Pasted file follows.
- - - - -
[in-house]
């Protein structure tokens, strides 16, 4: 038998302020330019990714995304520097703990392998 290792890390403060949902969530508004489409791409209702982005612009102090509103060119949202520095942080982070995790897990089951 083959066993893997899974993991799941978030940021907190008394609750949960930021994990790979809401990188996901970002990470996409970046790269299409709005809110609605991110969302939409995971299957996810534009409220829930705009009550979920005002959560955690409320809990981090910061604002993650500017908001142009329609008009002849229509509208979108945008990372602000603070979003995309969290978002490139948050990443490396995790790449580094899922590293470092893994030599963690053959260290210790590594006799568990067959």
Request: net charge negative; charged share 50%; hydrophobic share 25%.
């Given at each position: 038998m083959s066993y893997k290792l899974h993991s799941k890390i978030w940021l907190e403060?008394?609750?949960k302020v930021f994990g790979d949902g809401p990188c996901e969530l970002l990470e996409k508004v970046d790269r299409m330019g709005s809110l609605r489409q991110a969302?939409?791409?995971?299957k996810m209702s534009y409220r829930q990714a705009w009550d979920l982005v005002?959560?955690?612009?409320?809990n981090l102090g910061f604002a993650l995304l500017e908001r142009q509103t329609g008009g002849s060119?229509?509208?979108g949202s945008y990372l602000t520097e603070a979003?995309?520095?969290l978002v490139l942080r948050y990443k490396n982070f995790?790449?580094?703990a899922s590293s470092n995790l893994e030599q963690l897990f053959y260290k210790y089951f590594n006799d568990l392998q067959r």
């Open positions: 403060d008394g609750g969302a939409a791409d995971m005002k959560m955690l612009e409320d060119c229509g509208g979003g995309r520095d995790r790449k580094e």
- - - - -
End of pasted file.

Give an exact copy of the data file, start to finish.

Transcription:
[in-house]
């Protein structure tokens, strides 16, 4: 038998302020330019990714995304520097703990392998 290792890390403060949902969530508004489409791409209702982005612009102090509103060119949202520095942080982070995790897990089951 083959066993893997899974993991799941978030940021907190008394609750949960930021994990790979809401990188996901970002990470996409970046790269299409709005809110609605991110969302939409995971299957996810534009409220829930705009009550979920005002959560955690409320809990981090910061604002993650500017908001142009329609008009002849229509509208979108945008990372602000603070979003995309969290978002490139948050990443490396995790790449580094899922590293470092893994030599963690053959260290210790590594006799568990067959």
Request: net charge negative; charged share 50%; hydrophobic share 25%.
């Given at each position: 038998m083959s066993y893997k290792l899974h993991s799941k890390i978030w940021l907190e403060?008394?609750?949960k302020v930021f994990g790979d949902g809401p990188c996901e969530l970002l990470e996409k508004v970046d790269r299409m330019g709005s809110l609605r489409q991110a969302?939409?791409?995971?299957k996810m209702s534009y409220r829930q990714a705009w009550d979920l982005v005002?959560?955690?612009?409320?809990n981090l102090g910061f604002a993650l995304l500017e908001r142009q509103t329609g008009g002849s060119?229509?509208?979108g949202s945008y990372l602000t520097e603070a979003?995309?520095?969290l978002v490139l942080r948050y990443k490396n982070f995790?790449?580094?703990a899922s590293s470092n995790l893994e030599q963690l897990f053959y260290k210790y089951f590594n006799d568990l392998q067959r």
């Open positions: 403060d008394g609750g969302a939409a791409d995971m005002k959560m955690l612009e409320d060119c229509g509208g979003g995309r520095d995790r790449k580094e």